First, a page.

I have been experimenting with MicroFox’s Floppy Disk Emulator, also known as the Virtual Disk Drive (VDD). Using some software I wrote on my PC I was able to create a 64mb disk image that the VDD would open (64mb is the limit it appears) and then initialize it with EOS and it is recognized as a 64MB disk. The AdamEM emulator on the other hand doesn’t like it, but that is ok.
Here is a copy of this blank, initialized disk image. Copy some files to it, let me know how it works out.
In the late 70’s, early 80’s there were many magazines and books devoted to the personal computers of the time that contained programs that you could type into your computer, save and use. Though tedious it was often the only way many people could get new software for their orphaned systems. With this in mind I present DDP Verify, a small type in that will let you non-destructively verify if your tapes are good or not.
Let’s Make a Tape – Squashing a Bug
To begin with you will need a blank tape and a tape containing a copy of Smart Basic. The reason for two tapes is we will be creating a quick booting tape that will be used to verify other tapes. If you happen to run any of the programs with the Smart Basic tape in drive 1 IT WILL ERASE you Smart Basic tape. If you have an original Colecovision Smart Basic version 1.0 you will want to do something before you get started. You will want to squash a bug!
There is a bug in Smart Basic in that every time you load a program with a REM or DATA statement it will add an extra space after the REM or DATA, eventually pushing your code off the line and ruining the code. To fix this is easy:
- Start Smart Basic
- Type the following code:10 PRINT “Data bump bug fix”
20 POKE 15830,8
30 POKE 15831,55
40 POKE 15832,19
50 POKE 15824,216
- Save the code as HELLO on the tape using save HELLO (it is case sensitive)
- Reboot your tape and it should tell you the data bug is fixed, if not then you saved it with the wrong name
If you already have a HELLO program on your tape, load it and add the code above to it in the beginning. You can eliminate line 10 and line 60 if you want and combine all the POKEs onto one line.
Typing in the Program
Now we are ready to start typing in earnest! To create the DDP Verify tape we need to type in the loader which reads the data and the data statements which holds the program. First I will explain the loader:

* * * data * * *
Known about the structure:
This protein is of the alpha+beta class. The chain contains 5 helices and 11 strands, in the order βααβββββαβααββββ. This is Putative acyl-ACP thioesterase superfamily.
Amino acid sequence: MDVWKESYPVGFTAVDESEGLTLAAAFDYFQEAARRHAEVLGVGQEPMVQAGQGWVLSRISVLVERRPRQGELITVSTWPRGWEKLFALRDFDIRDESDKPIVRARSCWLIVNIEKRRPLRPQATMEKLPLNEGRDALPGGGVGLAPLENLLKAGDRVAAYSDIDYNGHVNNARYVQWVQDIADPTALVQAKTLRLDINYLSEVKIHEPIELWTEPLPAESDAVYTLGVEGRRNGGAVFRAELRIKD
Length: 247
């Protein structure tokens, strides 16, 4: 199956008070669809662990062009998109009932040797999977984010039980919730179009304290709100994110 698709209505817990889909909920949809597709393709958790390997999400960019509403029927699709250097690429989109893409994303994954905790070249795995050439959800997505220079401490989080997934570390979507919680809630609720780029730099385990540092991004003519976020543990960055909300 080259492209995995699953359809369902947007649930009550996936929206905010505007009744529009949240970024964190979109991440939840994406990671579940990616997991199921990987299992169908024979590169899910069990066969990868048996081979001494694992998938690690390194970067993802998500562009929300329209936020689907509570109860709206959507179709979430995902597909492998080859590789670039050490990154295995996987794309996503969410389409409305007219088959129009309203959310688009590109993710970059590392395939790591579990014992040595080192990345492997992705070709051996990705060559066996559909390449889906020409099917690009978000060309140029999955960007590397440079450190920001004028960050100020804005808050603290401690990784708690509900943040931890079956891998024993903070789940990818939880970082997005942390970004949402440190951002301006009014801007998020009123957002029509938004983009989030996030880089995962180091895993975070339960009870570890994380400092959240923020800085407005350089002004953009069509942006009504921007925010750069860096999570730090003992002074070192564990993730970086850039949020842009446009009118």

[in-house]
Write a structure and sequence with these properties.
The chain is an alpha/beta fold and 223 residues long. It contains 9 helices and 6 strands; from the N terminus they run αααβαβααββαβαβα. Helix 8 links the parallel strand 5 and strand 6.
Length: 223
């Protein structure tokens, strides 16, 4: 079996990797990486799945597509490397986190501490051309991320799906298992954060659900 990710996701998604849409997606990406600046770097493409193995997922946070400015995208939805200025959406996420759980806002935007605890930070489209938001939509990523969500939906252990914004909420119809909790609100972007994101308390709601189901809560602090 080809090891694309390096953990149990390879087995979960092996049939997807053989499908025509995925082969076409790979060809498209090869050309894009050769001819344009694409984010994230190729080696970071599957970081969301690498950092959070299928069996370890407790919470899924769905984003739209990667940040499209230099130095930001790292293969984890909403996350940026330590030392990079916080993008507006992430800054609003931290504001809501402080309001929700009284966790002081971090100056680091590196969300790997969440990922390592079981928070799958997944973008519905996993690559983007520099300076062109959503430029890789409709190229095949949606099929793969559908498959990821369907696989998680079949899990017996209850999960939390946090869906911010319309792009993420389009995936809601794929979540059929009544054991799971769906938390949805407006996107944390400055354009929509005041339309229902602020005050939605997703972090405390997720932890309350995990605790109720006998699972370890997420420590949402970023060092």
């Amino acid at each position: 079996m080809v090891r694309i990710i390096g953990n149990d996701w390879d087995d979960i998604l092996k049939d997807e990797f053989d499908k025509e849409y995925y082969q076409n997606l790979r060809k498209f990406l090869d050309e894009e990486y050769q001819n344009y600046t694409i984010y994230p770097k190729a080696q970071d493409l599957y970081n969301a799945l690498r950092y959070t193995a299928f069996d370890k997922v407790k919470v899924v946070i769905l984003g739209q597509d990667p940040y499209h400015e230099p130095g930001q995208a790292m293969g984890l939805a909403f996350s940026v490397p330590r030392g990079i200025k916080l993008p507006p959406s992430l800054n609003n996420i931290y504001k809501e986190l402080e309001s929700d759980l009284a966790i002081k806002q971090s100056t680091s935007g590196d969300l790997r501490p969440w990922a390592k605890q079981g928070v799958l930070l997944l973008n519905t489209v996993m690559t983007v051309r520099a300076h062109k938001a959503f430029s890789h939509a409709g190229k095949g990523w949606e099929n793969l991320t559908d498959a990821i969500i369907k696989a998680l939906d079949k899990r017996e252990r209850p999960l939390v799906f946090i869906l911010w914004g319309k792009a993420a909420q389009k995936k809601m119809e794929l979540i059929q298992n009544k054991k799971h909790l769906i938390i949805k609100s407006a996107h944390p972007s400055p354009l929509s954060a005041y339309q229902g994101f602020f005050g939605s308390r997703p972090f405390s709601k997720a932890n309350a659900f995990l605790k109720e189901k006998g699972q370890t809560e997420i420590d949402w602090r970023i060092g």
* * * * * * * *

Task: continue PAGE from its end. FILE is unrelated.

1 HIMEM :39000: R = 40004: B = 40128 2 DATA 1,0,0,17,0,0,62,8,33,192,156,205,246,252,201 3 FOR K = 40000 TO 40014: READ D: POKE K,D: NEXT K 4 PRINT "PLACE BLANK TAPE IN DRIVE #1": PRINT "AND PRESS RETURN": INPUT Z$ 5 READ A 6 IF A = -3 THEN CALL 40000: PRINT " DONE":END 7 IF A = -2 THEN READ A: POKE R,A: PRINT "WRITING RECORD ";A;: GOTO 5 8 IF A = -1 THEN READ A: FOR K = 0 TO 15: POKE B,A: B = B + 1: NEXT K: GOTO 5 9 POKE B,A: B = B + 1: GOTO 5
How it works:
1 > Tell SB to not touch memory above 39000 and set up the variables R and B. R holds where we will poke tape records and B is where our tape record buffer is.
2 > This is a small machine language (ML) code that we use to access the EOS routines to write a block to tape. The variable R which we defined in line 1 points to the block low byte. Here is the code:
LD BC,0 ;Block High Byte
LD DE,0 ;Block Low Byte
LD A,8 ;Tape drive 1
LD HL,40128 ;Buffer
CALL 0FCF6h ;Write one block
3 > This line reads in the ML in line 2 and pokes it into memory starting at address 40128 which we defined on line 1
4 > This line pauses and prompts you to put in the blank tape we will be turning into a the Verify tape – PLEASE follow this instruction.
5 > This reads in a byte from the data statements. The byte can have one of 4 values:
0 – 255 = This is a byte that will be poked into memory
-1 = This tells the loader that the next byte to be read gets poked into memory 16 times – This saves on typing
-2 = This tells the loader that the next byte contains the record number this block of data gets saved to
-3 = This tells the loader we are done, write the block to tape and end
6 – 8 > These lines process the data that is read as described above
9 > Pokes the data into memory at B, increments B and then loops back to line 5 to do more
Once you have typed in the LOADER program save it. Now we will type in the code: